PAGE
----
California History


Pirates in California History

The history of pirates in California does exist, though pirate acts on the West Coast have not been as abundant as the southeast U.S. in Louisiana, Florida and Mississippi.

Today in California you'll see the word "pirate" in all sorts of places. Pirates Cove in Point Arena, Pirates Cove in Avila Beach, California Pirates Baseball Club, Disney's Pirates of the Caribbean, Pirates Dinner Adventure in Buena Park, Pirates Grub & Grog in Oxnard and pirate events throughout the state are celebrated mostly as reminders or names to market something as being fun and adventurous.

The world "pirate" also has been adopted by the high tech industries, musicians and attorneys in their efforts to protect and defend trademark materials. Microsoft has been among the companies suing other firms and individuals with claims of piracy, meaning that these other entities have stolen their goods, they allege.

The most famous known attacks by pirates in California occurred around Monterey.  Frenchman Hippolyte de Bouchard raided the Presidio of Monterey in 1818 (November 20.) The revolutionary  has been called California's only pirate.

Bouchard went to Hawaii (named Sandwich Islands during his time) to find a new crew after he lost most of his men to diseases such as scurvy,  and then sailed to the coast near Mission Santa Barbara, threatening the nearby town. Soldiers from El Presidio de Santa Barbara averted an attack by arranging a prison exchange and Bouchard and his crew left. But they didn't give up on the coast of California as a source offering items they sought. 

Just a few weeks later on December 14, 1818 Bouchard attacked Mission San Juan Capistrano, damaging the Governor's house, the King's stores, and the barracks.

Justice was meted out to pirates in a manner that brought attention even after death. During the 17th and 18th centuries,  "dancing the hempen jig", or hanging at the end of a rope provided entertainment for townspeople who came out to watch public executions advertised and written about in newspapers, where every detail was reported. The condemned pirate's last words, the prayers said by the priests, and their final agonizing moments on the gallows were relished by many who hated pirates and what they represented.

Famous pirates received special attention. Their bodies were placed in iron cages  measured to fit the man before his execution, and the body was left to swing in the air inside the cage until the flesh rotted off, taking sometimes several years.  Jack Rackham, William Kidd, Charles Vane and William Fly were all caged.

Blackbeard (Edward Teach) had a thick, black beard which was braided and tied with ribbons. He and  Jean Lafitte were to well known pirates along the East Coast and Caribbean. Blackbeard was known to enter battle equipped with three pairs of pistols strapped across his chest, daggers and pistols in his belt, a cutlass, and a slow-burning thick hemp cord tucked under his hat which produced lots of smoke.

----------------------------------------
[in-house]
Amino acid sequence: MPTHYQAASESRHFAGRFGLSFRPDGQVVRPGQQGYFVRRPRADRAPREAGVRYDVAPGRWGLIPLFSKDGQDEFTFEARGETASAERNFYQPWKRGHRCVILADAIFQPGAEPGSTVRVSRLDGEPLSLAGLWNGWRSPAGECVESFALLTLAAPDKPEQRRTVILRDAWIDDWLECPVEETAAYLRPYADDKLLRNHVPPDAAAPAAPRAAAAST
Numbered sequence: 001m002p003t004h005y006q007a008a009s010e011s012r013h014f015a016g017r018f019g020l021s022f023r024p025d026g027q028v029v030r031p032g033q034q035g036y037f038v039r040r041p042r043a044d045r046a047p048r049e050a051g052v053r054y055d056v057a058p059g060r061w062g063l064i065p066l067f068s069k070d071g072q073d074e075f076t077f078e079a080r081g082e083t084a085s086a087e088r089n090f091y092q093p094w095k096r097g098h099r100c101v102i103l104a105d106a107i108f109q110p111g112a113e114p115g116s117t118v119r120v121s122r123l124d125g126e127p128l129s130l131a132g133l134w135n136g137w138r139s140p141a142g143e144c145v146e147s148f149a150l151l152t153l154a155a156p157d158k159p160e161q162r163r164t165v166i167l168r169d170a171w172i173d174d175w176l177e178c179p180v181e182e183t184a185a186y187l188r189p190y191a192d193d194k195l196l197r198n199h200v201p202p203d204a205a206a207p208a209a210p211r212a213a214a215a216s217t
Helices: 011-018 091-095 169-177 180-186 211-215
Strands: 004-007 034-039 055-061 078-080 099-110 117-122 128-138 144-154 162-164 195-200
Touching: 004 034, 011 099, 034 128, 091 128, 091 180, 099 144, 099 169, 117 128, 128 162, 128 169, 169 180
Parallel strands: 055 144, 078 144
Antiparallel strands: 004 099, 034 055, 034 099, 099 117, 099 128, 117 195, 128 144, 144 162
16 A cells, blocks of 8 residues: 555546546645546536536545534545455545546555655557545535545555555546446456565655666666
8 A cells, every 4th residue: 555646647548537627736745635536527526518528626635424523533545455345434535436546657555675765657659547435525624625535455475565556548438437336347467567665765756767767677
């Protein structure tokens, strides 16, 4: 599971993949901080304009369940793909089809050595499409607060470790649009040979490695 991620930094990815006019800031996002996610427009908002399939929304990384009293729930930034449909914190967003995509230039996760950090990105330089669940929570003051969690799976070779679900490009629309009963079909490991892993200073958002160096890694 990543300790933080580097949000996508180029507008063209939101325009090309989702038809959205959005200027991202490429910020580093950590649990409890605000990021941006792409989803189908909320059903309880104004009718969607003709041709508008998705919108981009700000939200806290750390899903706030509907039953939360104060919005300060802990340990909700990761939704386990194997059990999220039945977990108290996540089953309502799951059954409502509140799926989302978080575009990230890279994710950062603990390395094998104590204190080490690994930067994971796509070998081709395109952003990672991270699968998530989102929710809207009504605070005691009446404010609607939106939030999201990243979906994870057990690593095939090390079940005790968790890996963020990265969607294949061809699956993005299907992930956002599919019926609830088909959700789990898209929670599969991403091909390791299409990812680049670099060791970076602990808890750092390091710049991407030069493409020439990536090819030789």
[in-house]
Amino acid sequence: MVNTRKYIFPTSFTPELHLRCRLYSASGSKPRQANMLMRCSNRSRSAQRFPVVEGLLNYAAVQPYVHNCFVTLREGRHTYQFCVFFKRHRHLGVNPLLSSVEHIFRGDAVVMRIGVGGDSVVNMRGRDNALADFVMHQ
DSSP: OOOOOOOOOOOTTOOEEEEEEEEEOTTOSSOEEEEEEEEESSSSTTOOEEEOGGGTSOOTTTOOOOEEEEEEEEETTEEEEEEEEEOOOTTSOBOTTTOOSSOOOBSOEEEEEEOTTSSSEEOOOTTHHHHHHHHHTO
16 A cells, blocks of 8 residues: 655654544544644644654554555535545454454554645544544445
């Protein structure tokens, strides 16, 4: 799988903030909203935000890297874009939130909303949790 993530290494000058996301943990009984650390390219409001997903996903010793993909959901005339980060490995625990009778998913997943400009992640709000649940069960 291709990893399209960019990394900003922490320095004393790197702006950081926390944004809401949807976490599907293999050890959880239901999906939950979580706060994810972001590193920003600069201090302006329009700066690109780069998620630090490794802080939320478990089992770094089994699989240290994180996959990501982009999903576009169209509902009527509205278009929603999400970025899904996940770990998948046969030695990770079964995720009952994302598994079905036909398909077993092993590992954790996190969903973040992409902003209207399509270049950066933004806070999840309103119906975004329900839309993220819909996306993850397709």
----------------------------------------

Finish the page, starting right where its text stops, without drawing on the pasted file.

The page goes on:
He was captured in 1718 in North Carolina and died in a bloody battle after a bounty had been placed on his head.  Blackbeard's head was cut off, and returned for his reward with it hanging from the bowsprit of his ship. Blackbeard's crew were tried in Virginia and all but one was found guilty and hanged.

Unlike Blackbeard, Laffite respected a country he lived in and did not allow his pirates to attack American vessels when he lived there. Laffite, like most pirates, was known to cross the bounds, and was involved in illegal slave trade to the U.S.  Mostly he and his crew plundered Spanish and English ships and were protected by a letter of marque. 

A privateer or corsair in possession of a commission or letter of marque from a government could capture   merchant ships belonging to an enemy nation.  The U.S. Constitution authorized Congress to issue letters of marque and reprisal. The letter of marque was recognized by international convention and meant that a privateer could not technically be charged with piracy while attacking the targets named in his commission.

While pirates didn't have much of a presence in the Old West, pirates  recently held an Orange County, California couple, Jean and Scott Adam, for ransom and the couple was murdered on the high seas. They were part of a mission to distribute Bibles around the globe, and traveled on their personal craft for over six years before the attack. Carried out by 13 men from Somalia and one from Yemen, the pirates were captured. Unlike the past, pirates today often receive a life sentence spent in a prison when found guilty of murder.

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